Secretary of Defense Leon Panetta recently delivered the Obama administration’s clearest warning yet on Iran’s nuclear program. In a 60 Minutes interview he said: “If they proceed and we get intelligence that they’re proceeding with developing a nuclear weapon, then we will take whatever steps are necessary to stop it. . . . There are no options that are off the table.” As welcome as this clear warning may seem, it rests on legal grounds that are ultimately untenable — and potentially catastrophic.
The Iraq war roundly discredited the notion that inferential intelligence assessments are a valid basis for preemptive military action against a WMD threat. Tehran has helped remediate the problem by uniting the West, lending some degree of legitimacy-by-consensus to possible strikes. But that does not remove the obstacle that generally accepted principles of international law nowadays pose for any effective regime of counter-proliferation.
The “general principle” for preemptive self-defense is that you can preempt an “imminent attack” but nothing more. That rule is ridiculous, and will sooner or later prove suicidal. Because of the instantly deliverable nature of nuclear weapons, waiting for firm intelligence of an imminent threat is a reckless game of chicken in which the claimed right of preemption is triggered only when it is almost too late to make any difference.
The deterrent value of a preemptive threat is greatest when it can be interposed early, long before an attack is “imminent.” In the run-up to the Iraq War, the debate over whether Saddam’s WMD posed an “imminent” threat was highly misguided, but it nonetheless derailed our diplomacy, showing the practical importance of having international law on your side.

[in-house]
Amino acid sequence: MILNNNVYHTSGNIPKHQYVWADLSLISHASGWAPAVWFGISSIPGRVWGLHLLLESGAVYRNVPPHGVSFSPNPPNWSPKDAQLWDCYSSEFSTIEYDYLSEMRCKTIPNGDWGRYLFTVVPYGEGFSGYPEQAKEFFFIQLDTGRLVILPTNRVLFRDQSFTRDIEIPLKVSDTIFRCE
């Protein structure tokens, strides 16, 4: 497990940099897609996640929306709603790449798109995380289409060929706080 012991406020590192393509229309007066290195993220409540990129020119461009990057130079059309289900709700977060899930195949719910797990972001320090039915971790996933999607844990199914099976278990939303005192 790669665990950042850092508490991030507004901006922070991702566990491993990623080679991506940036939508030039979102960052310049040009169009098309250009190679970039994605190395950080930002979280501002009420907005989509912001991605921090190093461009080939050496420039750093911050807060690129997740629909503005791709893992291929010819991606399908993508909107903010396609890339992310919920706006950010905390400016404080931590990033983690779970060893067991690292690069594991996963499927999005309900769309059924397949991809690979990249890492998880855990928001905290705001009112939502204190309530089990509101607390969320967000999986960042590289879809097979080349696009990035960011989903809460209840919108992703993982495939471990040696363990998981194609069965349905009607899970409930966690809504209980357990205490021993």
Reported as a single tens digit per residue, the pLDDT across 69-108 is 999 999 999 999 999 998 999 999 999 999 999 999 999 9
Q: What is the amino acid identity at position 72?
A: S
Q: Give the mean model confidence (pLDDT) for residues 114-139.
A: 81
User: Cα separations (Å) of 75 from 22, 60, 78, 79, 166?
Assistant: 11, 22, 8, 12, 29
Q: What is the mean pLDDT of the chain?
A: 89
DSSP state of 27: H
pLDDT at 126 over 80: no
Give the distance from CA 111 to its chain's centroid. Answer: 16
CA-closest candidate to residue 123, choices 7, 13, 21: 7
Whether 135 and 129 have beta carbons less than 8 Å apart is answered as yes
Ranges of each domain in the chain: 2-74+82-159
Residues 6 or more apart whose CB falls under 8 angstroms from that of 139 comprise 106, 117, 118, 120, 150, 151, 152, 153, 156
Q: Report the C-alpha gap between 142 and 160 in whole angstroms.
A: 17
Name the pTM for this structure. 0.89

The right of early preemption against threats like Iran’s nuclear program must become an international norm of general acceptance if preemptive threats are to have any deterrent value. Current norms — and the diplomatic strategies derived from them — have only incentivized Iran to sprint toward nuclear weapons. The strategy of increasingly onerous sanctions may be painful for Iran, but it implies that military strikes are off the table as long as further sanctions are in prospect. Thus, starting with the first Security Council sanctions in 2006, Iran knew that it had several risk-free years ahead of it to develop WMD.
The only principle that can justify early preemption against a WMD threat is one that calls on dangerous regimes to be transparent in their dispositions. What you could call “regime transparency” is the key. This is the cardinal principle that was all along missing in the Bush administration’s justification for war against Iraq. The burden of proof should have been on Saddam to demonstrate the non-threatening nature of his weapons programs. In the long run, such a burden could be met only by a regime that was itself essentially transparent, in which the business of government was conducted in an orderly and law-abiding way.
Alas, neither international norms nor U.N. Security Council Resolution 1448 imposed any such obligation. The diplomatic debacle in the Security Council in the weeks before the Iraq War was thus foreordained — and it cost us dearly in strategic terms, nearly enough to jeopardize the entire war effort.
Conservatives intuitively understand the need for early preemption of threats such as Iran’s nuclear program. But their tendency to dismiss international law is highly misguided. International law has proven to be a major limiting factor on a democracy’s ability to project and sustain strategic power.